Ethan Todras-Whitehill (writer),
Theo Gangi (writer),
Kenneth Cappello (photographer)
Mixed martial arts has become the defining sport of the 21st century, and with it comes a new style of fighter—smart, athletic, and more often than not, covered in ink. Here, a look behind the scenes of the sports’ largest promotion, the Ultimate Fighting Championship.
Punching someone in the face just doesn’t cut it anymore. Where boxers only use their fists, the dominant fighters of the 21st century also kick, knee, trip, and wrestle—anything legal to secure victory. Mixed mar tial arts and its most popular promotion, the Ultimate Fighting Championship, are undergoing a furious ascent into the mainstream. The gloves are smaller, and the action is faster and harder-hitting, but beneath the brutal veneer, the sport, its fighters (and their tattoos) are surprisingly complex.
The UFC came into being in the early ’90s as a way to answer the ques tions that had been percolating ever since the American public became aware of Bruce Lee and martial arts: “Can a boxer beat a karate master?” “Can wrestling beat judo?” The early events were bloody, brutal affairs, often with one of the two fighters so overmatched it was difficult to watch. In re sponse to political and economic pressures, however, the sport has evolved into a legitimate affair, with gloves, weight classes, sanctioning by state ath letic boards, and—most importantly—well-matched combatants who train in all fighting styles instead of just one.
In the past few years, the sport’s popularity has exploded. Partially driv en by the Spike TV reality show The Ultimate Fighter, which matches up young fighters trying to win a UFC contract, and is watched by millions of viewers per episode, the UFC earned more pay-per-view money than box ing in 2006. Measured by online interest, the UFC is now the sixth most popular professional sports league in the United States, ahead of both the PGAand Major League Soccer, and nipping at the NHL’s heels.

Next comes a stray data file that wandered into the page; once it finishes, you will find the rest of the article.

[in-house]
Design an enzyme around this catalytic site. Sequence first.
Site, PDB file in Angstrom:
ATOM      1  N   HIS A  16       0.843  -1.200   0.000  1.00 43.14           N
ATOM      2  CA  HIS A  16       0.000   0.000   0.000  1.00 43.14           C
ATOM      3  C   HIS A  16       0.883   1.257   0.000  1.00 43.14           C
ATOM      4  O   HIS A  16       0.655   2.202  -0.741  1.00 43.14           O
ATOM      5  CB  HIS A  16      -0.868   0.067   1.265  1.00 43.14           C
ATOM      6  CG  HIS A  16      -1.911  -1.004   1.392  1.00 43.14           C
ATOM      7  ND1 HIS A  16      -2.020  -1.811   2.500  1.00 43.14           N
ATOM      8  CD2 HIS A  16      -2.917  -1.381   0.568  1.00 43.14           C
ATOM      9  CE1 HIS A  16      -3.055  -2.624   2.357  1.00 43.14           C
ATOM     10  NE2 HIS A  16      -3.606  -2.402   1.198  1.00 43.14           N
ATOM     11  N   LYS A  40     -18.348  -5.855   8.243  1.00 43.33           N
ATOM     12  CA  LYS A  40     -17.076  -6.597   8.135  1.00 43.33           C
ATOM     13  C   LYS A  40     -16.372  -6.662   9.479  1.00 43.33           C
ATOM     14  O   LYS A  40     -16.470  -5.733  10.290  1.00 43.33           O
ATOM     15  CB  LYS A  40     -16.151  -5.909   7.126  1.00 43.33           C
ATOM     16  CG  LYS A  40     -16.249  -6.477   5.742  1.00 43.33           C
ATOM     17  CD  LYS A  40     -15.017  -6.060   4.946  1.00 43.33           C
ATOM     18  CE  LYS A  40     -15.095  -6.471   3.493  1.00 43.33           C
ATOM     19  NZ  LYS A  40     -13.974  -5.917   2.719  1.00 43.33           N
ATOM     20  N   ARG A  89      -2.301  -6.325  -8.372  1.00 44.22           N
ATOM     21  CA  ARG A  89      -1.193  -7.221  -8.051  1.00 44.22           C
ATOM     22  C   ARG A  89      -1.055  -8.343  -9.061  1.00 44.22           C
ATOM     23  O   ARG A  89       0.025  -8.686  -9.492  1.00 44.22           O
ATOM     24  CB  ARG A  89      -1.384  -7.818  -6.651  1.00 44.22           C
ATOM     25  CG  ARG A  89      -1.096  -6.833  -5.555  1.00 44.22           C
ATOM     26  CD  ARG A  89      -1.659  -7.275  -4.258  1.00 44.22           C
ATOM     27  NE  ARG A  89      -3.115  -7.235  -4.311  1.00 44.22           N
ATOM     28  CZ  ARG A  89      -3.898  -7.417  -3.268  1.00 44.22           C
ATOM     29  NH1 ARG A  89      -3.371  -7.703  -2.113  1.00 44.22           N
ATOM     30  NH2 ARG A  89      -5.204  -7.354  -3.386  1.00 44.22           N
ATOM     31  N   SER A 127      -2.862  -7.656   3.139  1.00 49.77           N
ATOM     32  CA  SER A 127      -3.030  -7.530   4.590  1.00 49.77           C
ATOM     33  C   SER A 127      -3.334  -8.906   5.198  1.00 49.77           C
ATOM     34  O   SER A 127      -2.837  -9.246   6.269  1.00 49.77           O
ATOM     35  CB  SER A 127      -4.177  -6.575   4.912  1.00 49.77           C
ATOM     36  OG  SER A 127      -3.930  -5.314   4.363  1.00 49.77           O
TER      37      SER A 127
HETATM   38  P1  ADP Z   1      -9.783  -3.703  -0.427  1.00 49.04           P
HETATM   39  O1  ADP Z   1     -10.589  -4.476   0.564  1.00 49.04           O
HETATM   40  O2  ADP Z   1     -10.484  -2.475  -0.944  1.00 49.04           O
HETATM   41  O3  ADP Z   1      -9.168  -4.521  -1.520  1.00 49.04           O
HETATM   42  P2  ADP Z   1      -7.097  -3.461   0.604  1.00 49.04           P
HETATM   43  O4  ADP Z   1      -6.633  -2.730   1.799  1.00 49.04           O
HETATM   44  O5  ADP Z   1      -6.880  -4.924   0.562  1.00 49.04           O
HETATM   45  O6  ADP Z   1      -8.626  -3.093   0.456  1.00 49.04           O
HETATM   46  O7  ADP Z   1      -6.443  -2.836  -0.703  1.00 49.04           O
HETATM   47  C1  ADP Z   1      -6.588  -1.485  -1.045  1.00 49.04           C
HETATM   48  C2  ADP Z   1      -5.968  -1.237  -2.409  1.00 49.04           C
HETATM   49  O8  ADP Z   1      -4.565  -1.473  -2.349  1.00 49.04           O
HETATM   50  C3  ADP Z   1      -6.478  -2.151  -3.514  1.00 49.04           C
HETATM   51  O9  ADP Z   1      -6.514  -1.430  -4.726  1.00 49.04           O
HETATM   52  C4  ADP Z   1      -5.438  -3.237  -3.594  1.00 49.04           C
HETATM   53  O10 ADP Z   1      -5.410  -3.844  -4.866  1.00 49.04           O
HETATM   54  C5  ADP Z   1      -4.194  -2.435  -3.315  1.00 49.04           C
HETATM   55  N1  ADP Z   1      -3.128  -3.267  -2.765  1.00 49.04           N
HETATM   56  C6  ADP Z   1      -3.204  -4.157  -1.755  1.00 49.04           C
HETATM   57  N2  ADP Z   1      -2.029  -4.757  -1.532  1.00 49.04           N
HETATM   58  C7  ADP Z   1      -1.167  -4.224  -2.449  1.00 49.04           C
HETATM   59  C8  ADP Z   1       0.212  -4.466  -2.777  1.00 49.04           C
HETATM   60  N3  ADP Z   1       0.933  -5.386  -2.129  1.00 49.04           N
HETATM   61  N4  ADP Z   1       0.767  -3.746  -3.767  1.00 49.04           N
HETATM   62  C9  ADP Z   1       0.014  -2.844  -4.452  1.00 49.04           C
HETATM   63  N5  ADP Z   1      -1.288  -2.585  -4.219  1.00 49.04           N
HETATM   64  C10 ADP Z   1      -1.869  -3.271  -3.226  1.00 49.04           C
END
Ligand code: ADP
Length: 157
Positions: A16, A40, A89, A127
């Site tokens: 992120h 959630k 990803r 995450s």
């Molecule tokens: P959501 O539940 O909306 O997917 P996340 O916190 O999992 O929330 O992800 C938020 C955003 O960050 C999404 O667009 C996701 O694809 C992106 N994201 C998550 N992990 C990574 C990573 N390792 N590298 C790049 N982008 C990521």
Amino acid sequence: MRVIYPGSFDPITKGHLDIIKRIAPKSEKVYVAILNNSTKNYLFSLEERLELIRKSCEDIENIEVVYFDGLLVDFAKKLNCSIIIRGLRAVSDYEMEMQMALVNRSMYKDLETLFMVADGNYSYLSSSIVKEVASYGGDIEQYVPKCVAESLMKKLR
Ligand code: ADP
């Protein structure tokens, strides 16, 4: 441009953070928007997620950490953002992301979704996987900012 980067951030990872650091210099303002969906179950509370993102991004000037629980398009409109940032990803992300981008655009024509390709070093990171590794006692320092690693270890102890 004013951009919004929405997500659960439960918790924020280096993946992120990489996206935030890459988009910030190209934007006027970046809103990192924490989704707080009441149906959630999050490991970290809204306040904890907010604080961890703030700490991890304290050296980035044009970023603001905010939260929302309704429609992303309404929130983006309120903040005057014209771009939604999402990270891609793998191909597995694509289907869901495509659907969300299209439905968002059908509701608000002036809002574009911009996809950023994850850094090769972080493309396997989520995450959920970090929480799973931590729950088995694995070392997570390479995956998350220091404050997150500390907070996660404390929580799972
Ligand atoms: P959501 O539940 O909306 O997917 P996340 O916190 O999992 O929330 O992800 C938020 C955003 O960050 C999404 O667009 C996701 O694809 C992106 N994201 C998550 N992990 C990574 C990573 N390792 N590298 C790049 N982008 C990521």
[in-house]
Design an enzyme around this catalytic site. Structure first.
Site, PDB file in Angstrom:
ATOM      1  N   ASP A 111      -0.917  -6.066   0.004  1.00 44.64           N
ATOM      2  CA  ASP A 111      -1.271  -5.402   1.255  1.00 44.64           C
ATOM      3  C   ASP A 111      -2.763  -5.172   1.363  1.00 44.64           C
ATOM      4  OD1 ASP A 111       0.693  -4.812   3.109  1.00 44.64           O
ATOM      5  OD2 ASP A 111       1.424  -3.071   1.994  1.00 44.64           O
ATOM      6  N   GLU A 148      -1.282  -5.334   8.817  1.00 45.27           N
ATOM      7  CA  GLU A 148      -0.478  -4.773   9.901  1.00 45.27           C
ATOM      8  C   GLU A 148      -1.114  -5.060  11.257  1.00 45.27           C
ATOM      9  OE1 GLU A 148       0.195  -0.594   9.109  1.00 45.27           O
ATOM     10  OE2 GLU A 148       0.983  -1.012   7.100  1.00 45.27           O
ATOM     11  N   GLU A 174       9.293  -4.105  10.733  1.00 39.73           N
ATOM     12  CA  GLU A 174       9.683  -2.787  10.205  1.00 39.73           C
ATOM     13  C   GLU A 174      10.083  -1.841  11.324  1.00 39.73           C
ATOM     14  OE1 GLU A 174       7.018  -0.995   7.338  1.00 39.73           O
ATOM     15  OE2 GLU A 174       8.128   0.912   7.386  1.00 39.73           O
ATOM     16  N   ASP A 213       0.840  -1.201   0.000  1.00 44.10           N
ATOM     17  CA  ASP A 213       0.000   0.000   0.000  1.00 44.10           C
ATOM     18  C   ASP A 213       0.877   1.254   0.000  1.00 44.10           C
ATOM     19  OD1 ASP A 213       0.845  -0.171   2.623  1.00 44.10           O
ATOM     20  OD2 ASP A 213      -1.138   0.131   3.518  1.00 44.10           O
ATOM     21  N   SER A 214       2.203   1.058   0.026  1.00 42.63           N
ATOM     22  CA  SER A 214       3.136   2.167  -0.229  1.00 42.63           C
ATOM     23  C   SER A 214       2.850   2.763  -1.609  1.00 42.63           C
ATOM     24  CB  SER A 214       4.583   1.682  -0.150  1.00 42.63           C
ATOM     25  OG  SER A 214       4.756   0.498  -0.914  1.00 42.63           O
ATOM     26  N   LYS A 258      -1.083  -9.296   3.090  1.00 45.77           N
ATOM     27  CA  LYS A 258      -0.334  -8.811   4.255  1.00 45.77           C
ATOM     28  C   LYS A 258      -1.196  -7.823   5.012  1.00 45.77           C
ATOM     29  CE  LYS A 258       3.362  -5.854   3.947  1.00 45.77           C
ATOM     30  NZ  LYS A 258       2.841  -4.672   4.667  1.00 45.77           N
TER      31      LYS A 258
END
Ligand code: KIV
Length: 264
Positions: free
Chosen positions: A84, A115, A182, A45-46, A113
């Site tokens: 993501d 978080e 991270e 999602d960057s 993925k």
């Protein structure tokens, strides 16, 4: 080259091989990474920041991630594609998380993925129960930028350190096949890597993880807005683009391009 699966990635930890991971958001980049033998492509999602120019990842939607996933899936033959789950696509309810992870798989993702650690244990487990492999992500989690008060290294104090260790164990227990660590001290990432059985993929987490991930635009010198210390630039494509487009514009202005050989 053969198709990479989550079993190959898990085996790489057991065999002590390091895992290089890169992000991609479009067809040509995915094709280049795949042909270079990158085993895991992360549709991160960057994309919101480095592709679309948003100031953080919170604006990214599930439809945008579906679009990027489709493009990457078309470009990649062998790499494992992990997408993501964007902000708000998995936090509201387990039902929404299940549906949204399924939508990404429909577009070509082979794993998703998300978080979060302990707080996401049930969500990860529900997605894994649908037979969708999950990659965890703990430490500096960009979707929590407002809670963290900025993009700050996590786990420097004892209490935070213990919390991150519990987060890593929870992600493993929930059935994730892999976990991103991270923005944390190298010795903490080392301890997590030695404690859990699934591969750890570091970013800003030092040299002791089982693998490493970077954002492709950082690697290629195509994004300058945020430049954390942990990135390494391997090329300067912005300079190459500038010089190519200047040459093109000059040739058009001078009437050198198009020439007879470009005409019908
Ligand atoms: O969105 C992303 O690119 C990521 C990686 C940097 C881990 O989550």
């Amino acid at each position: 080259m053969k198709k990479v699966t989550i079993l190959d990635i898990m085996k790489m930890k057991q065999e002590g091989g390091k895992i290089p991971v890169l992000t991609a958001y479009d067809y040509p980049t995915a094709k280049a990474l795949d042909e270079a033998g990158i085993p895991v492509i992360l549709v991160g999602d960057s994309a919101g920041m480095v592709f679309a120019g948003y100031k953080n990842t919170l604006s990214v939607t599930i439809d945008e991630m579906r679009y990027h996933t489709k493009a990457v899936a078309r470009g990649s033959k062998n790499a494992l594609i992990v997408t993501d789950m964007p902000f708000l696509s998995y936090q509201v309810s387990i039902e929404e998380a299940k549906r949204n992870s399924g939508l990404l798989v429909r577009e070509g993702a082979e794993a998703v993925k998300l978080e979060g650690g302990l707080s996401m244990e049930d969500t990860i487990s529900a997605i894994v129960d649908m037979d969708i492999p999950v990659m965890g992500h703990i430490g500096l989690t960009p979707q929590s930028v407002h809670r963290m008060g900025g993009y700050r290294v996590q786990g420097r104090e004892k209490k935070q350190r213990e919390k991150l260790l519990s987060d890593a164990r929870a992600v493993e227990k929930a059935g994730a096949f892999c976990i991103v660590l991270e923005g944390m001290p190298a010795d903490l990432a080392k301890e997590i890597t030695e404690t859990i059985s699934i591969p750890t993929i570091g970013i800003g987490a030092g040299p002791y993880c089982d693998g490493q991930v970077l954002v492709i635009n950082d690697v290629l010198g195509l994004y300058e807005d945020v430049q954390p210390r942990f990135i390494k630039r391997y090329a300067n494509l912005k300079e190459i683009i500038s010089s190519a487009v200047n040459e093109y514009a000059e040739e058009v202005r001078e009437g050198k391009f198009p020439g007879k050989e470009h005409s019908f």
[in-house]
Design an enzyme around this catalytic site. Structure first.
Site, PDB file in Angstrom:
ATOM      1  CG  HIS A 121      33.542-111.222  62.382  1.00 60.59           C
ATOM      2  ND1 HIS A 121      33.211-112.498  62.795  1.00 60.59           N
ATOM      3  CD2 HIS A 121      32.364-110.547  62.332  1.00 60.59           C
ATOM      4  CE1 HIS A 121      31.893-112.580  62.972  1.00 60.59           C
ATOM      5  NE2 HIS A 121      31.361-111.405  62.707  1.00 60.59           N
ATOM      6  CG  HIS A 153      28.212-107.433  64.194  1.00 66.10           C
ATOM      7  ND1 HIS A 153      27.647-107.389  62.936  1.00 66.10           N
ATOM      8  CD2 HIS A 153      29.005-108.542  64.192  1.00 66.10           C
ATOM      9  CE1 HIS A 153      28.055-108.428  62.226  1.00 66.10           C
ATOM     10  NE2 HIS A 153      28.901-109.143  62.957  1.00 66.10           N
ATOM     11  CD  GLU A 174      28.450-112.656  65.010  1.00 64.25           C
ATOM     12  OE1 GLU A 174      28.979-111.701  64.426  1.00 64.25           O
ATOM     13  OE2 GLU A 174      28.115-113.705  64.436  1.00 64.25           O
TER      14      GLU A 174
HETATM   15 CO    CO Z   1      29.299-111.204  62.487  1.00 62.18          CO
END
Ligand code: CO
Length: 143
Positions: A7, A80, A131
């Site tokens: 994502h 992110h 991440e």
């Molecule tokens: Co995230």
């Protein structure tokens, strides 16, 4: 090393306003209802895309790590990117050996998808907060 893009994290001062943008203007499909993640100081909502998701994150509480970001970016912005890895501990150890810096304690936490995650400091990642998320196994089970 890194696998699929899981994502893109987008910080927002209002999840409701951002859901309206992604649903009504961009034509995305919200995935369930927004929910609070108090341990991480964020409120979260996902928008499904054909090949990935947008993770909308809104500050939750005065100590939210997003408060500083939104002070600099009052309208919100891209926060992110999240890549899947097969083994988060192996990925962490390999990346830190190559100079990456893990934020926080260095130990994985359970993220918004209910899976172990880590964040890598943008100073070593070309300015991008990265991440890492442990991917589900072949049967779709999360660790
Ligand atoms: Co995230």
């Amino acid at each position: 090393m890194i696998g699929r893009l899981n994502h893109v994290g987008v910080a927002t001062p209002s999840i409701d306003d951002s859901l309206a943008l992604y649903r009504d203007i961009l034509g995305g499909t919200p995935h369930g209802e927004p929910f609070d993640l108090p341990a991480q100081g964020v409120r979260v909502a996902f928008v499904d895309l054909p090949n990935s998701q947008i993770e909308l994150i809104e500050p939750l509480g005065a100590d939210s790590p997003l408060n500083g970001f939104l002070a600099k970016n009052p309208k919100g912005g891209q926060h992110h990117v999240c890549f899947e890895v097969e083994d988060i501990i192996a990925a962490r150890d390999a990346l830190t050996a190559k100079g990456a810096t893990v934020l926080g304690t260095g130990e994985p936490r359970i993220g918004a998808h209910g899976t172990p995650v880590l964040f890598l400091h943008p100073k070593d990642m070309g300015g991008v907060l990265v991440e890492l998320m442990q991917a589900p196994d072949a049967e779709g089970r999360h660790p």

This actually makes a lot of sense, as mixed martial arts is the logical fighting sport for the 21st century. Its creation is both a product and case study of globalization, as once isolated and tradition-bound martial arts dis ciplines have been forced to evolve in response to international challenges. Boxing is a struggle between two athletes that is in the end symbolic, given the sport’s restrictive rules. And it fit well in the culture of social restraint that dominated the first half of the 20th century. But in this century, as models and celebrities show more and more skin, and entertainment is con strained by fewer and fewer boundaries, our desire to see two men in a private war is no longer satisfied by a sport where only two of the body’s numerous natural weapons can be used—and those even covered in pillow-like gloves. Boxing may symbolize a real fight, but mixed martial arts is a real fight. And modern culture no longer accepts substitutes. The personalities in this new sport are surprisingly diverse. Where once they might have been all white wrestlers from the
Midwest, now fighters are emerging from the inner city, college campuses, and all races and classes. And while mixed martial arts may seem mindless and brutal to some, in reality it’s a subtle, technical sport that attracts smart, thoughtful combatants—who happen to be covered in ink. Though fighters rarely let down their guard, their tattoos—as seen in the following portraits taken at the UFC 79: Nemesis event held in Las Vegas—show what’s really under their skin.